British Mandate of Palestine

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  • The Arab-Israeli Conflict

    reasons.’ To what extent is this a fair assessment of their involvement in the Middle East during these years? The Arab-Israeli conflict is often contemplated as one of the most important global issues over the past centuries.the is conflict is often described as the fight for Arab nationalism through the state of Palestine and a claim for the jews, through Zionism the right to exist as a state .While it might be tempting to condemn the great powers for their involvement in the Israeli-Arab conflict throughout much of the last century there is also much doubt that they were also motivated by genuine feelings to establish a lasting peace in the area. Writing in 1922 to Herbert Samuel, a Zionist and cabinet colleague, Winston Churchill complained of the great expense to the British taxpayer of having to ‘bear the cost of imposing on Palestine an unpopular policy.’ Later between 1944 and 1948 Menachem Begin, one day to be Israel’s 6th Prime Minister, was responsible, he and his armed militia Irgun, for terrorist attacks on the British military presence in Israel, culminating in the notorious bombing of the King David Hotel in Jerusalem in which 91 people, British, Arab…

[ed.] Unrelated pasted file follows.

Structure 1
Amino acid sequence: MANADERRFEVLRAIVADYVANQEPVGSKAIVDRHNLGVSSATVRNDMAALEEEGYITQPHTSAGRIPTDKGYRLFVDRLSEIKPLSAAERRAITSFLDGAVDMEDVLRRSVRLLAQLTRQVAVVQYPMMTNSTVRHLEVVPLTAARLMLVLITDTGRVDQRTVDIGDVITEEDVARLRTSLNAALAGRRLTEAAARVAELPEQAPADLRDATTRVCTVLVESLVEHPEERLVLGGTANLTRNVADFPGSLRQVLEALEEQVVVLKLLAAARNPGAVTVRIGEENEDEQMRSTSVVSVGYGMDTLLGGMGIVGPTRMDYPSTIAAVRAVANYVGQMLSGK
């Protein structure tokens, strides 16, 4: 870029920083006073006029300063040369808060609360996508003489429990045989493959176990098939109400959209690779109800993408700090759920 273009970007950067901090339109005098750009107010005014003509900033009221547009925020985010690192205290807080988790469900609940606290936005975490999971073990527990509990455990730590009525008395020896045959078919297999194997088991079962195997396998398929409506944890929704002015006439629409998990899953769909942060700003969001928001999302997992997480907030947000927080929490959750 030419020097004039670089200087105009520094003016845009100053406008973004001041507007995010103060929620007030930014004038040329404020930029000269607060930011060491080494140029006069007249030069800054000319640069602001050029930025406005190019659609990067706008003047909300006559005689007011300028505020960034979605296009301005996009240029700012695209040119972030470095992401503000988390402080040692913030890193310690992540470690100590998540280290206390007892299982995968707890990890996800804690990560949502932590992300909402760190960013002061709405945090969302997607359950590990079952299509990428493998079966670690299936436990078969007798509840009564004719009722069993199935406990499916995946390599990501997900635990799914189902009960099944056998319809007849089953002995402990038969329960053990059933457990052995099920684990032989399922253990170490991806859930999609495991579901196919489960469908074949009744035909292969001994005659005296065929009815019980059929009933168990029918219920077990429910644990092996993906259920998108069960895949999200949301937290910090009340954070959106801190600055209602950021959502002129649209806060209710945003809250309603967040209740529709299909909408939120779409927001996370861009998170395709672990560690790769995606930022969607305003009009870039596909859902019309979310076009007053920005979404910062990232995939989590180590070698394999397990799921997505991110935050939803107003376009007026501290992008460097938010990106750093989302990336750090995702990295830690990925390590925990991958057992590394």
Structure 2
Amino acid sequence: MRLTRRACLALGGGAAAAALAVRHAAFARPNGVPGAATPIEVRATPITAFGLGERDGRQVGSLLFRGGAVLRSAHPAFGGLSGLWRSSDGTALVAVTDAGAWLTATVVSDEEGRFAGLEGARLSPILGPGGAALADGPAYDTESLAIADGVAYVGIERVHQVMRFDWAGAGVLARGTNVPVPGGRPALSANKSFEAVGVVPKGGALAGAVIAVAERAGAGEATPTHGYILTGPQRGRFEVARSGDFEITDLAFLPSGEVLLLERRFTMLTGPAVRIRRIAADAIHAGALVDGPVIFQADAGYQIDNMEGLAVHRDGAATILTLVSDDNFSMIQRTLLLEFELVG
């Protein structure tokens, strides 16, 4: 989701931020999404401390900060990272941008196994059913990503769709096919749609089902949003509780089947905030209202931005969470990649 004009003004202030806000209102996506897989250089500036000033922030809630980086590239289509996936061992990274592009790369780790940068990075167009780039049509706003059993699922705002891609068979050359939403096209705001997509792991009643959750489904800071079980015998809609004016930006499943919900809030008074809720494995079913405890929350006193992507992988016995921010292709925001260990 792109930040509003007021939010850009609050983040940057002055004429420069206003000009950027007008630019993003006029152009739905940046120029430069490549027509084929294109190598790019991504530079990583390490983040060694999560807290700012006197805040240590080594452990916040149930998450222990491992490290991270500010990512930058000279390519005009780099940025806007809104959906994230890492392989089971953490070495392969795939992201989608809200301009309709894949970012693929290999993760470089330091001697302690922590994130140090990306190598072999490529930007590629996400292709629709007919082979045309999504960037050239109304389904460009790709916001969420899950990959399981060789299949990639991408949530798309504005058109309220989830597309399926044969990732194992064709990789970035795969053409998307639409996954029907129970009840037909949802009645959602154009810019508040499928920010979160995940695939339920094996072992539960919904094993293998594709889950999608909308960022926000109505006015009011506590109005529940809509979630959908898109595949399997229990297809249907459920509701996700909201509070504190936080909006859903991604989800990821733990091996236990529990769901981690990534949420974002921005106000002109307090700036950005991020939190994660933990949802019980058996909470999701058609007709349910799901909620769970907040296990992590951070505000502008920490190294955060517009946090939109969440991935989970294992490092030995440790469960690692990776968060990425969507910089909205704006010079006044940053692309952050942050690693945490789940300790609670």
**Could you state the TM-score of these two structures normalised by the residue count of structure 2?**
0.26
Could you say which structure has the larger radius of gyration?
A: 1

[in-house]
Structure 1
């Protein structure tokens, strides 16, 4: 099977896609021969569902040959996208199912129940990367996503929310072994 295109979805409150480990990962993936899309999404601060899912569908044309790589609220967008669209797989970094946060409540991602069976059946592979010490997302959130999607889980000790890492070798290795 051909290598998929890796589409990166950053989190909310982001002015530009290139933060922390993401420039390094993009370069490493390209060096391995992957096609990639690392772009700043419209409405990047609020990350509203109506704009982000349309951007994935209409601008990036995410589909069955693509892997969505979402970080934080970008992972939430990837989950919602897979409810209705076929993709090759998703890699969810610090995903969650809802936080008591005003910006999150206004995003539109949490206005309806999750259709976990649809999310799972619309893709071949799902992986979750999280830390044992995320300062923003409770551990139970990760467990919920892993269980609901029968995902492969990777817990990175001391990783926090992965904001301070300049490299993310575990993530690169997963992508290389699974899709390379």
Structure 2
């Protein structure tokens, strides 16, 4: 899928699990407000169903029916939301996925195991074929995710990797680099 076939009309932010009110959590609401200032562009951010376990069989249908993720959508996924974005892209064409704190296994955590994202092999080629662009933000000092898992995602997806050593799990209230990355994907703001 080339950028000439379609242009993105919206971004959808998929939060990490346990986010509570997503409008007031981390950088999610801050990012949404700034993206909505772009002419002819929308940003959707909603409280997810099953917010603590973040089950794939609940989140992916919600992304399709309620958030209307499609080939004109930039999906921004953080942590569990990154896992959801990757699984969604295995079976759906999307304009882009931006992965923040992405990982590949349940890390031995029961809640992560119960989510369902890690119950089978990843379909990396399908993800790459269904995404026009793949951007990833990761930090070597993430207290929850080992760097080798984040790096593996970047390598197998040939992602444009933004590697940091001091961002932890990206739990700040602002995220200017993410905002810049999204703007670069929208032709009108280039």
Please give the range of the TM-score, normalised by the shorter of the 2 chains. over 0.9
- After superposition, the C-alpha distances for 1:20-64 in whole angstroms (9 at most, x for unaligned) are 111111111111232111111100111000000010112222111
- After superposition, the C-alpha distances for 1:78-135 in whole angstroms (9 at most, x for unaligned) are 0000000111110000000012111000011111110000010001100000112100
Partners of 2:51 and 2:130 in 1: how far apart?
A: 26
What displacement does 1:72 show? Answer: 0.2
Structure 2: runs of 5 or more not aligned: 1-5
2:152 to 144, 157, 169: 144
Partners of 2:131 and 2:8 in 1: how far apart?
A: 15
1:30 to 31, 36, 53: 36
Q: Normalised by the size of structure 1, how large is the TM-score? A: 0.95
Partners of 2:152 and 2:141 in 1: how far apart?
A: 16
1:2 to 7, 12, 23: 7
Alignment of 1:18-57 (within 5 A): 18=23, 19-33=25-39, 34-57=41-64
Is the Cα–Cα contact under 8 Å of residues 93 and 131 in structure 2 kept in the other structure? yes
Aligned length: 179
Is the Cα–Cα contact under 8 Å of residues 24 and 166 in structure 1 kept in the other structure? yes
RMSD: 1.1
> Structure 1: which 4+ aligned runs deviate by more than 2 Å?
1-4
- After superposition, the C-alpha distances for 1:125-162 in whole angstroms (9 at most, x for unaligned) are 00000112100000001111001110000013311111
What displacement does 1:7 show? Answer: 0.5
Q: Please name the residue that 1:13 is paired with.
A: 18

Words: 2243 - Pages: 9
  • The Guns Of August By Barbara Tuchman

    CPO 2001-7383 In Barbara Tuchman’s book, The Guns of August, arguably one of the most important events mentioned is the decline of the Ottoman Empire. While Tuchman spends very little time detailing the decline itself, she does acknowledge that the Ottoman Empire was, going into World War I, the “Sick Man” of Europe. What would prove to be the end of the Ottoman Empire was siding with Germany and consequentially the former Ottoman Empire was divided into separate mandates by the Allied Powers.…

    Words: 1490 - Pages: 6
  • Exodus 1947 Sociology